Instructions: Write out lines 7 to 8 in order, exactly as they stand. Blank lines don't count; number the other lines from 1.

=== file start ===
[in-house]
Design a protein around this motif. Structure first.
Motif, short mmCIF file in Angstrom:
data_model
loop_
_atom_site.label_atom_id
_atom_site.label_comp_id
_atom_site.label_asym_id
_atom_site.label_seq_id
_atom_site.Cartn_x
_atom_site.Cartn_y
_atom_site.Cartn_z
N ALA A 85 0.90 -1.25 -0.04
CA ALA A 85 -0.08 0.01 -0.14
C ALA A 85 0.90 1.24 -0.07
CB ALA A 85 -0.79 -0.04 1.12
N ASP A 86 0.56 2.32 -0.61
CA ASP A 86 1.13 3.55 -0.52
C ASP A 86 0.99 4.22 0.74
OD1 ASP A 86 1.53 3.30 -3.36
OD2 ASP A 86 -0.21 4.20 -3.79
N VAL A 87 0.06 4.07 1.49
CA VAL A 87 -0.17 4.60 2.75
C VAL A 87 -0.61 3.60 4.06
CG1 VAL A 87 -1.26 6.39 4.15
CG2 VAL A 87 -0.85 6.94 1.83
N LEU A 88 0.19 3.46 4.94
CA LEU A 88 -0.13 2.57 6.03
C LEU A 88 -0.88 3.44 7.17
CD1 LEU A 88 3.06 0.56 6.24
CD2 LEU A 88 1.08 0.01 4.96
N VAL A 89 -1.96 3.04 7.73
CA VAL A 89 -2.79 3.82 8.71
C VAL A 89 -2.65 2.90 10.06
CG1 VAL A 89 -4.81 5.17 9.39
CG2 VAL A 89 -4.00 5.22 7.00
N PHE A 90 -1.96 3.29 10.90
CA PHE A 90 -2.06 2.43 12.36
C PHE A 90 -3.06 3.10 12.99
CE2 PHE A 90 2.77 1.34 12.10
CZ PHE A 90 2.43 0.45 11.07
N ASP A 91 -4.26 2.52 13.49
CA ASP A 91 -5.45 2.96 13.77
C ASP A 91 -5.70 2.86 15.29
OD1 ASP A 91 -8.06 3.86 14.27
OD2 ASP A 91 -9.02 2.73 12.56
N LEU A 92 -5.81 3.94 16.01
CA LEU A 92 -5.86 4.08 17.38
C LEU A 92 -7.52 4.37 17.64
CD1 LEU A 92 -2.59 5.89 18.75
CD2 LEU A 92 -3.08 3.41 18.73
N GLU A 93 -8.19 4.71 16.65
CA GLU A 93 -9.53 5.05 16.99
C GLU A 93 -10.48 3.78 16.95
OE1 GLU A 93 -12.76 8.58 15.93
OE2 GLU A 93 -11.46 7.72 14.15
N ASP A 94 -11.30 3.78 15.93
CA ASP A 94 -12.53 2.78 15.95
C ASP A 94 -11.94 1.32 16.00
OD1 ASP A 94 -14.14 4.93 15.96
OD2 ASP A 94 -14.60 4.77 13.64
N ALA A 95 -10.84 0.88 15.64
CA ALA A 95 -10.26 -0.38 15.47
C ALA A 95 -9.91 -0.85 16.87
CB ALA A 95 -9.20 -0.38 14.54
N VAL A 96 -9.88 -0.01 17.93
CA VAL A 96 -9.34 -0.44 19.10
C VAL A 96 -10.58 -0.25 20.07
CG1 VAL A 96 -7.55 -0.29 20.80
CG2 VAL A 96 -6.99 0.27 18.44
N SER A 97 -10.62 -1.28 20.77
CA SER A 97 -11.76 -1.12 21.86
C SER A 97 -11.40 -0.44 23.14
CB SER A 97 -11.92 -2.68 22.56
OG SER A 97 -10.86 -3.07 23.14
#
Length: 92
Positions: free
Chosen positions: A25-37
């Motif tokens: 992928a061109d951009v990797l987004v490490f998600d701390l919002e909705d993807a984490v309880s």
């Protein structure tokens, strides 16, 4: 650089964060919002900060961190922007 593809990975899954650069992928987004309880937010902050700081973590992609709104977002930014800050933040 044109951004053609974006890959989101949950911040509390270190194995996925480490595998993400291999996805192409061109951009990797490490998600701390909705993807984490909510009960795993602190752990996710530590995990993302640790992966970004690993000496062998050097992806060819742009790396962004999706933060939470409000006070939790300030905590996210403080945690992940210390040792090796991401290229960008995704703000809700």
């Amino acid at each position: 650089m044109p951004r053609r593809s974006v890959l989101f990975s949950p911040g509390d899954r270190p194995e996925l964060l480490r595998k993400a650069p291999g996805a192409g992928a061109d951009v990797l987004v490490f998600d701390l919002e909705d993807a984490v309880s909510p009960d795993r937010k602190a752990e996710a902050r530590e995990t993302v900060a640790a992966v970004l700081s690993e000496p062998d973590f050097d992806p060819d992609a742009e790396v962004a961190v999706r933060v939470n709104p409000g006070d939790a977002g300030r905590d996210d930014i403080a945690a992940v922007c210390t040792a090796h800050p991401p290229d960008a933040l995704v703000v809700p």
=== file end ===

_atom_site.label_comp_id
_atom_site.label_asym_id